– – – – – – – – – –

1986

Tess Harper, Crimes of the Heart

Piper Laurie, Children of a Lesser God

Mary Elizabeth Mastrantonio, The Color of Money

Maggie Smith, A Room with a View

Dianne Wiest, Hannah and Her Sisters

Analysis:

Crimes of the Heart is a fucking crazy movie. If you think of the Oscars as a list of movies Hollywood recommends, this is one of those you’re gonna go, “What the fuck is this?”

Reminds me of my senior year, we were doing our last film class before graduation, and it was all about Scorsese and his influences. And as everyone knows, one of his influences is Powell/Pressburger. So we had to watch I Know Where I’m Going. Which is one of those movies people watch and go, “What the fuck?” because it’s so strange. Great, but strange. This is like that. Only without the great part.

Three sisters reunite after one of them shoots her husband. It’s very southern, very strange, and very over the top. The sisters are Jessica Lange, Diane Keaton and Sissy Spacek. So there’s that. But you have to realize a plot point in this movie is that these girls’ mother hung herself and the family cat. This is either a black comedy that doesn’t do the comedy or one of the strangest camp movies ever made.

Tess Harper plays one of the sisters’ cousins who lives next door. She’s the annoying cousin who everyone hates but they put up with because they have to. It’s very one-note and over the top. And also really small. I’m kind of surprised they didn’t put any of the sisters as supporting. Would have made sense. Anyway, Harper’s the villain of the film, basically. But more annoyingly villainous than actually villainous. There’s literally a scene where Diane Keaton chases her around the house with a broom. I honestly don’t know what the hell this is, but I’m not voting for it.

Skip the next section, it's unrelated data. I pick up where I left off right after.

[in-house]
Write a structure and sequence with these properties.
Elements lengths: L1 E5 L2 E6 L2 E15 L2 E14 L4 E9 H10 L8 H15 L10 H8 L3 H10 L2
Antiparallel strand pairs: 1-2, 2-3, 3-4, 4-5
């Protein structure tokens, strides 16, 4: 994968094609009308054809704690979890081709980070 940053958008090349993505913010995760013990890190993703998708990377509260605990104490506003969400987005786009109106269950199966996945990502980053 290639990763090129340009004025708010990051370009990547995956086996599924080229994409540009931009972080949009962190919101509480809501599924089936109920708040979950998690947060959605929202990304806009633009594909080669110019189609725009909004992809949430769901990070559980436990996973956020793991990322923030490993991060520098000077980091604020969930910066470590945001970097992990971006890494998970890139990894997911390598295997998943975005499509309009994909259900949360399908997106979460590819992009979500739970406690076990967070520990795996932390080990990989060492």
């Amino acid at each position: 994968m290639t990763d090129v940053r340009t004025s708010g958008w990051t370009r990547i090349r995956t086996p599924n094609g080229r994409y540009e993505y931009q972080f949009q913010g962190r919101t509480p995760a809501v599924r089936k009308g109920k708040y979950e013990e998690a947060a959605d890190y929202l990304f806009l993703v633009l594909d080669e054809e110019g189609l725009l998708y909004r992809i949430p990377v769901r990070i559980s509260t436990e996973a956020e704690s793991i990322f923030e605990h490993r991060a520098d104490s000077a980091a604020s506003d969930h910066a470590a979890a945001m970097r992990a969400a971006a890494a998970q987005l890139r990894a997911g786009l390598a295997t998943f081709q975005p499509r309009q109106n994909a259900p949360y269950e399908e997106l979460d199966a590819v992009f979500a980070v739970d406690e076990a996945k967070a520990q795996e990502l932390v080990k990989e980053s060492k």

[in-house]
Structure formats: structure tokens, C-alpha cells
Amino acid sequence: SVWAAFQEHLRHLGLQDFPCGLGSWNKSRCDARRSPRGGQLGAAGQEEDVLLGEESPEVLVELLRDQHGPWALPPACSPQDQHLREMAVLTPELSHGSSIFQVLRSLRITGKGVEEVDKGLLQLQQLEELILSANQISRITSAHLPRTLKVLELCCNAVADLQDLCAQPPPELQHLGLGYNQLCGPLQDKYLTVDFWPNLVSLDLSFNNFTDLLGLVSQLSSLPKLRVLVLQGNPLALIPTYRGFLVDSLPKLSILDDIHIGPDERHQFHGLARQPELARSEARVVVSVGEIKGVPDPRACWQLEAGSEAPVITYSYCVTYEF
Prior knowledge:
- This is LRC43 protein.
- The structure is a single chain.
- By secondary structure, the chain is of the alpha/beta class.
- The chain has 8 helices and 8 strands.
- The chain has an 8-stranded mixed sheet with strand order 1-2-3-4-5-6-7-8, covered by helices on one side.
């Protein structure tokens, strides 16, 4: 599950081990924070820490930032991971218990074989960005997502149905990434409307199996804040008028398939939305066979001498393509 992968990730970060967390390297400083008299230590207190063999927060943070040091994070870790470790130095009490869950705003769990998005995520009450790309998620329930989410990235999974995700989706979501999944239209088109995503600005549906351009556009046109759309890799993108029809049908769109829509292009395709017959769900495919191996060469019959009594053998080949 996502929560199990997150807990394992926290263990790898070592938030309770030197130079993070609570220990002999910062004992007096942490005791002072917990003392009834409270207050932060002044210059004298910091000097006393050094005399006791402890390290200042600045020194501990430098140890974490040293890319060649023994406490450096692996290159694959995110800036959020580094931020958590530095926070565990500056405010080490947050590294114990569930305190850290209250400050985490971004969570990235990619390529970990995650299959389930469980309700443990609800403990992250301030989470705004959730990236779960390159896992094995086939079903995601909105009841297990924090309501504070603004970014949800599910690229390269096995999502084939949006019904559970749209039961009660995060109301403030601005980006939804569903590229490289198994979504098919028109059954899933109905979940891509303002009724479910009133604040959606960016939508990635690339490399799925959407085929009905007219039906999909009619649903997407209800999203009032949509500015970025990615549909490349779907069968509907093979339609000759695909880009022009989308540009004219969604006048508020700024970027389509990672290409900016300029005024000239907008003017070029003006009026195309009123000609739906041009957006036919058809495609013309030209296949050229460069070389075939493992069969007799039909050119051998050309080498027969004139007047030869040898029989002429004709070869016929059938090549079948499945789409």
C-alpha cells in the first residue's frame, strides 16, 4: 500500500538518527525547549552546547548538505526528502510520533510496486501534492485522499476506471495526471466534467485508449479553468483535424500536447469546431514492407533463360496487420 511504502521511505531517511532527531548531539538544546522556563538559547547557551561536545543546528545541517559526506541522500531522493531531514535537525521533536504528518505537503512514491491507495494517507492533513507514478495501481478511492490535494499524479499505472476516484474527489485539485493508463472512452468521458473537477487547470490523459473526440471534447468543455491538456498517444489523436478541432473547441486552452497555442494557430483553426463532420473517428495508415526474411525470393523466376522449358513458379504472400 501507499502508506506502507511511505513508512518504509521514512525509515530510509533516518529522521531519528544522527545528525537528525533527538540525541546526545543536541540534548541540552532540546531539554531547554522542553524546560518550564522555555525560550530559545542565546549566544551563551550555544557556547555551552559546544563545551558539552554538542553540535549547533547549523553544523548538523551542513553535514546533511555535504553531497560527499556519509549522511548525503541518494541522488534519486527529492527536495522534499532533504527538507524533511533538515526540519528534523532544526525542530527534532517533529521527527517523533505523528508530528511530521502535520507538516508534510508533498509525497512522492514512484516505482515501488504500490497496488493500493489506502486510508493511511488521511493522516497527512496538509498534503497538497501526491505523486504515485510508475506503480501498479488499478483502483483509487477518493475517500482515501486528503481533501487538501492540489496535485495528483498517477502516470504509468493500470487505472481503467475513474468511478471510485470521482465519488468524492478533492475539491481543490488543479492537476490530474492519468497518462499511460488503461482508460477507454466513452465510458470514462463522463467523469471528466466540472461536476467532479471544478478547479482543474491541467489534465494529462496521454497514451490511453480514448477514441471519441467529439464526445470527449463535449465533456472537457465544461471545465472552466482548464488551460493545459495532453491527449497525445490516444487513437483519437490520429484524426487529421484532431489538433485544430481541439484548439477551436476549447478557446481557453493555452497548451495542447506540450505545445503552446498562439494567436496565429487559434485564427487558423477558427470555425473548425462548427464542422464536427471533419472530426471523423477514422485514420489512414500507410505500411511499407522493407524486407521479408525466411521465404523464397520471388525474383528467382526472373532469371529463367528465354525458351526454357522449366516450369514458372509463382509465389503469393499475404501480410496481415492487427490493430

Children of a Lesser God is a really wonderful film. So very 80s, but I still love it. It’s one of those teacher films. Teacher films are generally interesting.

William Hurt is a new teacher at a school for the deaf. He’s the new cool teacher with innovative methods. You know the type. He meets Marlee Matlin, a former student at the school who now works as a janitor. He starts a relationship with her. He tries to get her to speak (not sign, but actually speak). It’s actually a really great film. One of the more underrated films of the 80s.

Piper Laurie plays Marlee Matlin’s mother, from whom she’s estranged. She doesn’t get a whole lot to do, but is a veteran and a professional. Add to that a weak year (hell, a weak decade) and you get a pretty easy nomination.

As for the performance, she’s fine. It’s solid work. Not something that wins, and something you can take or leave as a nominee. She was always a very interesting actress, making different choices from most others, which helps her to stand out. She gets a nice scene where she reunites with her daughter, and she’s definitely respectable, but I wouldn’t take this. I probably have her fourth in the category.